Dei'ah veDibur - Information & Insight

A Window into the Chareidi World

30 Tishrei 5766 - November 2, 2005 | Mordecai Plaut, director Published Weekly










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Shema Yisrael Torah Network











Israeli Politics Lurches On: Sharon Postpones Vote for Ministers; Vows to Strike Sources of Terror

by M Plaut and Yated Ne'eman Staff

The winter Knesset session opened with an address by Prime Minister about security issues. In the background was the announcement that a vote for Knesset approval of ministerial appointments that Sharon made and were approved by the Cabinet, was postponed for a week.

Calling for a return to the road map, Sharon said that the Palestinian Authority must dismantle terror groups. He also affirmed his commitment to the construction of the separation fence.

"Israel will continue to protect itself and hurt the terrorists," said Sharon. "We have no choice. We will continue to build the security fence with no political, practical, or budgetary problems."

Sharon praised the UN for standing against extremist countries like Iran and Syria that threatened the region.

"In the last few days we received a reminder of the reality in our region, which is saturated with a hatred of Israel. The President of Iran's call to wipe Israel off the map, expresses what many in this region wish, but are afraid to explicitly utter," Sharon said. "Their murderous intentions are expressed daily by heinous attacks, such as the ones directed at us during the past week. The dispatchers of terror in Iran and Damascus, in Gaza and Jenin, in Tul Karem or Kabatia, in Hebron and Bethlehem, do not require reasons or excuses — they merely require opportunities."

Sharon also discussed domestic issues, mentioning a new plan to fight poverty that he intends to launch alongside Vice Prime Minister Shimon Peres and acting Finance Minister Ehud Olmert.

While Sharon spoke about the plan, a Shas MK interrupted his speech by asking whether or not Sharon thought his government would be around long enough to carry it out.

"Don't you worry about it," Sharon answered, drawing a laugh from the plenum. "Not only will I begin in this government, but I will carry on in the next."

During the session, the Knesset also voted down three no- confidence measures, the first from Shinui over the general performance of the government, the second from National Union over the government's role in the disengagement, and the final one from Meretz over social, political and financial issues.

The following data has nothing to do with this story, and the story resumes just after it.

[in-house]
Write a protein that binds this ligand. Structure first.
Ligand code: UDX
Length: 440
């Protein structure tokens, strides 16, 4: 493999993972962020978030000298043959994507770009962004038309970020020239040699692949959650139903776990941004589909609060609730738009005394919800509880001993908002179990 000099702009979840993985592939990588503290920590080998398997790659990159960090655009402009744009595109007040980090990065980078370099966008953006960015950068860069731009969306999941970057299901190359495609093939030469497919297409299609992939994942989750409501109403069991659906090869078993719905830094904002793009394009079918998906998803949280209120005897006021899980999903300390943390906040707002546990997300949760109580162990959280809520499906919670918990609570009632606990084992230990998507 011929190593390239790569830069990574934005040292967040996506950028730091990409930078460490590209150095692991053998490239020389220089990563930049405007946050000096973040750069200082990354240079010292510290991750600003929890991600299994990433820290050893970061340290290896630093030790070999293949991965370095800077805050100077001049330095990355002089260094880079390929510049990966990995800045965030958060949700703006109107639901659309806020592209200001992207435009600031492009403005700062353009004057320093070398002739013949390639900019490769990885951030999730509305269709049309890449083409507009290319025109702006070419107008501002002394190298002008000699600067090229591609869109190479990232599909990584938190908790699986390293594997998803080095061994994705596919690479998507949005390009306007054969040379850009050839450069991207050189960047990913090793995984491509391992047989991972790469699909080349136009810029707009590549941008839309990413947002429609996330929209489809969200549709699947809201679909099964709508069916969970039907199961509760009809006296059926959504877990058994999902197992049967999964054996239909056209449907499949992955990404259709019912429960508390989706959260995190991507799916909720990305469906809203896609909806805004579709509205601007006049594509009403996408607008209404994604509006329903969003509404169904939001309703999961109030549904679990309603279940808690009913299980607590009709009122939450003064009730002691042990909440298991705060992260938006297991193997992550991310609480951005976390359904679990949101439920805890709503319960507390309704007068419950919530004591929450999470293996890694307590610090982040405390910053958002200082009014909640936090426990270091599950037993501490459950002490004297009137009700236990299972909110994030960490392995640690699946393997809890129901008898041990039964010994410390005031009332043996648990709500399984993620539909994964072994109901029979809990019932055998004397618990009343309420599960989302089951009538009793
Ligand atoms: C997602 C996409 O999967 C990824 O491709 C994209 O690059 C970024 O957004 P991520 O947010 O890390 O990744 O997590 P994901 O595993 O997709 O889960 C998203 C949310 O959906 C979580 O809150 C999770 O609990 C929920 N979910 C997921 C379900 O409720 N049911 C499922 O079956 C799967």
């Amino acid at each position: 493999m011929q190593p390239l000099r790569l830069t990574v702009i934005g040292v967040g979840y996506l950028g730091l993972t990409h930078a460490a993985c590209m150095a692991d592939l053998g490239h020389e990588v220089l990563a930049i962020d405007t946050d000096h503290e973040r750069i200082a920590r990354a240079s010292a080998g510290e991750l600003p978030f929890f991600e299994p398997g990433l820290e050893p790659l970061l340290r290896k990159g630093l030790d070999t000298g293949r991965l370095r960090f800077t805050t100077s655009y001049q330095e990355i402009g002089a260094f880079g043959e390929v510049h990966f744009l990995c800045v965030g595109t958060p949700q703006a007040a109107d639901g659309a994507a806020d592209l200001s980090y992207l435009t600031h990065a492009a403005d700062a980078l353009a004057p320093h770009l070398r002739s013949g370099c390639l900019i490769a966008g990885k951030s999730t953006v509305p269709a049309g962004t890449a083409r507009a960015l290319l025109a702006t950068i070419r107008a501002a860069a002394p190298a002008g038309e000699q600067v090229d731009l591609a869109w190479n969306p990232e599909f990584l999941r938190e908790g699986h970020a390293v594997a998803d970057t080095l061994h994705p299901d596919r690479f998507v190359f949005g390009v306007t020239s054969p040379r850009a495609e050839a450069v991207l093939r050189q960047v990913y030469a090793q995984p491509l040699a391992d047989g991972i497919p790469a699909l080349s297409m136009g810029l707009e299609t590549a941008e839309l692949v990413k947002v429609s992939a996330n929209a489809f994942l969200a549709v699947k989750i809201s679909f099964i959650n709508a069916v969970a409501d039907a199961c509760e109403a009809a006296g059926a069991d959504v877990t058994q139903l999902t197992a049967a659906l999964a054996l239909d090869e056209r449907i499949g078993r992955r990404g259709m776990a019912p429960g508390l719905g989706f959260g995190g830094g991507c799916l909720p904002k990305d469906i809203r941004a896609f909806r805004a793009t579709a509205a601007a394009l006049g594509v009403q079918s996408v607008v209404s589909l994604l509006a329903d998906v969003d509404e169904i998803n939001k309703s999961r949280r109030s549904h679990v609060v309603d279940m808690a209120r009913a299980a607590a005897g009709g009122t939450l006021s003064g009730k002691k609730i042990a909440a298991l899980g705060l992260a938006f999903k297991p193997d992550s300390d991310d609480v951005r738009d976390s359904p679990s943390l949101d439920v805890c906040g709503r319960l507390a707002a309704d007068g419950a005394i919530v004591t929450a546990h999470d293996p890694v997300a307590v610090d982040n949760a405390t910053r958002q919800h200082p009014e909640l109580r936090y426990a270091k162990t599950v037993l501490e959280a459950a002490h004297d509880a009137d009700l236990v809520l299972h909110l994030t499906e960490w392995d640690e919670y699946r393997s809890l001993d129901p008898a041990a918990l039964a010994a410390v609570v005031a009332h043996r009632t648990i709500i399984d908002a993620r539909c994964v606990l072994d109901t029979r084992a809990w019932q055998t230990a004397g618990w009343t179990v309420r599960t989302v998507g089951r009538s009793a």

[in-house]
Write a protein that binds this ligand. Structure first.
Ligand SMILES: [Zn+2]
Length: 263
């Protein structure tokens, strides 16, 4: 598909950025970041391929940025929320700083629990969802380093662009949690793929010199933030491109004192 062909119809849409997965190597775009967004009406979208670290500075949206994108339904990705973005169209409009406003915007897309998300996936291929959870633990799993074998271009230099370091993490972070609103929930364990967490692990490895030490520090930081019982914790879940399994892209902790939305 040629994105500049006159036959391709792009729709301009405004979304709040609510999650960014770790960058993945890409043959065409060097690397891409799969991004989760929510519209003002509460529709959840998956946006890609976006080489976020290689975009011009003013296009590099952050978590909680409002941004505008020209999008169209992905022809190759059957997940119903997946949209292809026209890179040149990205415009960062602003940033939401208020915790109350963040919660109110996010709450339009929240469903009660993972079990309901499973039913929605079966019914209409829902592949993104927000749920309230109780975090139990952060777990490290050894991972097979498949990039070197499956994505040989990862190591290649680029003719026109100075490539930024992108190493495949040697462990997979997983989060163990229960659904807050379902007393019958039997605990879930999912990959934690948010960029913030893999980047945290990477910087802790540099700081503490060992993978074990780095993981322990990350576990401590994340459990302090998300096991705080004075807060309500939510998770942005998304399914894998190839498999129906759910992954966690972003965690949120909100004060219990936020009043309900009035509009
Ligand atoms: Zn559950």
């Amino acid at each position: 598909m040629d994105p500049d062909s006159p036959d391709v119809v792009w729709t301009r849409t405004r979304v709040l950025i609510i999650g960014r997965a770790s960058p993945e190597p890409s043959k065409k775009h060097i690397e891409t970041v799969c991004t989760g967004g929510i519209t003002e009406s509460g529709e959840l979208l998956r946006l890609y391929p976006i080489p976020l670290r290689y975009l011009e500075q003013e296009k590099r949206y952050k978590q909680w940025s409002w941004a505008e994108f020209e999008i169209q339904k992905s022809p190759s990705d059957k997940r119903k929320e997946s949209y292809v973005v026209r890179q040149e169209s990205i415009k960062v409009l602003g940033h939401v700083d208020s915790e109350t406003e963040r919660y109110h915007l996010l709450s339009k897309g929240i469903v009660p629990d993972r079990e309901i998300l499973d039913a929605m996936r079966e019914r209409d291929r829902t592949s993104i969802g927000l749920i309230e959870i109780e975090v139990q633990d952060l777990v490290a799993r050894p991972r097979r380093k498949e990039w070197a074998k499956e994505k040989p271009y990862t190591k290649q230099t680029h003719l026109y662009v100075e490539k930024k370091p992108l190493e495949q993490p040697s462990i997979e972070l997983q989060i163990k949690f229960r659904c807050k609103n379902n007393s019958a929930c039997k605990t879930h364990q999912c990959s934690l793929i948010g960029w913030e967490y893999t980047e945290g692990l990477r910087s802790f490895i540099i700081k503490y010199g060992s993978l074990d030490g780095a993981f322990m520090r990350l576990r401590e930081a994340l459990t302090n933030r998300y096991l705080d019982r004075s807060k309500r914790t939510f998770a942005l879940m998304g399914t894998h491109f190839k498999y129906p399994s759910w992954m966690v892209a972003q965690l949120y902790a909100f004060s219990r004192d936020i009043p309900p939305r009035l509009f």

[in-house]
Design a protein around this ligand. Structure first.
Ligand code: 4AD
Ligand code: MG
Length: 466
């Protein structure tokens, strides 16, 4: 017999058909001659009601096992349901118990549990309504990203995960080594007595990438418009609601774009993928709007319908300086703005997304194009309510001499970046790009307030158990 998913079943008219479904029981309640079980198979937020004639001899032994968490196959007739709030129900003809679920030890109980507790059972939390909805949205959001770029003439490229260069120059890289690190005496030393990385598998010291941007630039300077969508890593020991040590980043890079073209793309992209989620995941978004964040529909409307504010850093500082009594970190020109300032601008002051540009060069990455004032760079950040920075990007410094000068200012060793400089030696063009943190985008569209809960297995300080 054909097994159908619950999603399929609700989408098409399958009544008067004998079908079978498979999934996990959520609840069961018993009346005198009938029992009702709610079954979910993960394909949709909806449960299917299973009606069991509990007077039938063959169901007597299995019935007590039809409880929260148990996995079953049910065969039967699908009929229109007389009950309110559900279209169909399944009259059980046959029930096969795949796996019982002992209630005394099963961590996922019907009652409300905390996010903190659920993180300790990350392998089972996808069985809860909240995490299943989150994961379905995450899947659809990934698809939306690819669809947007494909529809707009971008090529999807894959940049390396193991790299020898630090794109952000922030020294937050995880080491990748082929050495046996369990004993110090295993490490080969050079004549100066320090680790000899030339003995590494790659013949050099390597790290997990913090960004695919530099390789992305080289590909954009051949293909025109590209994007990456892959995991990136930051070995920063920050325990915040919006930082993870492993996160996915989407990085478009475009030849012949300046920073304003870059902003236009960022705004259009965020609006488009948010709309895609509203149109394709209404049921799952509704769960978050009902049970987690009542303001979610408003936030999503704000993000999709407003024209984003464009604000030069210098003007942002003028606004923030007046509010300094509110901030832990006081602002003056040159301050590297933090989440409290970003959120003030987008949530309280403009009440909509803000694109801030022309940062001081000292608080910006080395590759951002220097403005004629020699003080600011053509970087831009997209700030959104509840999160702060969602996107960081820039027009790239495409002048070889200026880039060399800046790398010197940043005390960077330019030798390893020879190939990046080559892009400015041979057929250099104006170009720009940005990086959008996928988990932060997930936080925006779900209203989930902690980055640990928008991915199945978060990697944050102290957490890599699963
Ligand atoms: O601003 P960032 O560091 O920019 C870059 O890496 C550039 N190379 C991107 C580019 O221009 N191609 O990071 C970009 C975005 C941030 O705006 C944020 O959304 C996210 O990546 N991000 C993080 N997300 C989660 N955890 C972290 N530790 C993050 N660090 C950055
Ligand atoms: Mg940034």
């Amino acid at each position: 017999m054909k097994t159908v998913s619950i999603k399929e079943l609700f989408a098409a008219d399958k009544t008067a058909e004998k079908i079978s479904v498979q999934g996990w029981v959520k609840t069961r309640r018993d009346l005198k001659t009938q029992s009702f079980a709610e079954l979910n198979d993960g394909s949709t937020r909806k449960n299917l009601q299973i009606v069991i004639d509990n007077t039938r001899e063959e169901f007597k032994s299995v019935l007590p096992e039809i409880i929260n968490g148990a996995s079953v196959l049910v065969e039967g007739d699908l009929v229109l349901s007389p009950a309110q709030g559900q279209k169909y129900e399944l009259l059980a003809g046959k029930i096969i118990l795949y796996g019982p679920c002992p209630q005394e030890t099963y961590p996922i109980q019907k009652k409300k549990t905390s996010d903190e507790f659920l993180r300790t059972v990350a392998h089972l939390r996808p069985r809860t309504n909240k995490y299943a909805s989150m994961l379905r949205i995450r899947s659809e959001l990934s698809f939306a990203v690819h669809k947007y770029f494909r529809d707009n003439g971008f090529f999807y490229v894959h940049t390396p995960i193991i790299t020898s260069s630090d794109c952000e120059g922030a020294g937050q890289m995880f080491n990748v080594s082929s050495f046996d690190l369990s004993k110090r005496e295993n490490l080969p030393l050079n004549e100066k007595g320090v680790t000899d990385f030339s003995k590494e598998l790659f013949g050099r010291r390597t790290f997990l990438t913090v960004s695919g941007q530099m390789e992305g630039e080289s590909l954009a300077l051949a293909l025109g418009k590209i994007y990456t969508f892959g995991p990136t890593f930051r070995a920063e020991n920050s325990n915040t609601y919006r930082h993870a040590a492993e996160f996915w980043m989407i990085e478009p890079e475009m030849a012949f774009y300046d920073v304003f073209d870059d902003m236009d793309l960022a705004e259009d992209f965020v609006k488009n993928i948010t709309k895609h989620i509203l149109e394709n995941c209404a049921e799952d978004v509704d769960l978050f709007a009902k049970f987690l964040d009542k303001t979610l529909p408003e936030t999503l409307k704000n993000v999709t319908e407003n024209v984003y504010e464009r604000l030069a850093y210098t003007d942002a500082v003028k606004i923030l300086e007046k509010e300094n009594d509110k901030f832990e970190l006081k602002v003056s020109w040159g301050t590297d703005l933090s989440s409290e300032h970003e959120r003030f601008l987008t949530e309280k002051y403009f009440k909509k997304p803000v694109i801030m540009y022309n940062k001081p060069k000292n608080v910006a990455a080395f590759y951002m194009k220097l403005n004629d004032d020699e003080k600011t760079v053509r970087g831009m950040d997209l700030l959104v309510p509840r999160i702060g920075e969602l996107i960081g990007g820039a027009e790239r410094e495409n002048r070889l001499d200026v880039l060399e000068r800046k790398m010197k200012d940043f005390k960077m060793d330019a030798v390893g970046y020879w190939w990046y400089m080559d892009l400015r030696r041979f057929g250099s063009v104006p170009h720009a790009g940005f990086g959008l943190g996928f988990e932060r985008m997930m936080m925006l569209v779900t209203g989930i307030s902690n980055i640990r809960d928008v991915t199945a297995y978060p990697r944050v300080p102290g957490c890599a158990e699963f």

Sharon noted an international first: "Today, for the first time since the establishment of the State, the U.N. Security Council will discuss a motion presented by Israel. The purpose of the motion is to commemorate the Holocaust around the world, by fixing a date for a memorial day . . .

Approval of this motion would constitute an additional example for the normalization of Israel's position in the U.N. and for the improvement of Israel's position around the world. We must thank our Minister of Foreign Affairs and the ministry employees for their efforts in this regard."

In the night between Monday and Tuesday, the IDF continued its pressure on Palestinian terrorists. On a raid in Jenin and the nearby town of Kabatia, 12 Islamic Jihad fugitives were arrested. IDF operations in the Jenin and Tul Karem areas are expected to continue for several days, including an intense search for Iyad Abu-Roub, believed to have taken over command of the Islamic Jihad in the northern West Bank since the assassination of the Jihad's former military chief a week ago. Since the Hadera bombing, the IDF and Shin Bet have been focusing on the Islamic Jihad network in Jenin and adjacent Kabatia that was behind the attack.

In a separate operation in a village near Bethlehem, eight men suspected of belonging to Hamas were arrested.

On Tuesday the Cabinet also approved a proposal for European Union personnel to operate the Rafah border crossing between the Gaza Strip and Egypt. The EU personnel are to enforce security procedures stipulated by Israel. The approval is conditioned on the EU personnel having substantial enforcement capabilities and not just being observers.

Israel is supposed to have closed circuit observation cameras at the crossing and the Palestinian border control information system.

This is the first time that Israel has ever agreed to have security issues handled by anyone other than itself. However one analyst suggested that Israel now views the entire Gaza enclave as being outside of its security envelope, so that the EU personnel are really being introduced in a Palestinian area and not in an Israeli area. In any case it is clear that Israel could have no direct involvement in security procedures at that location.


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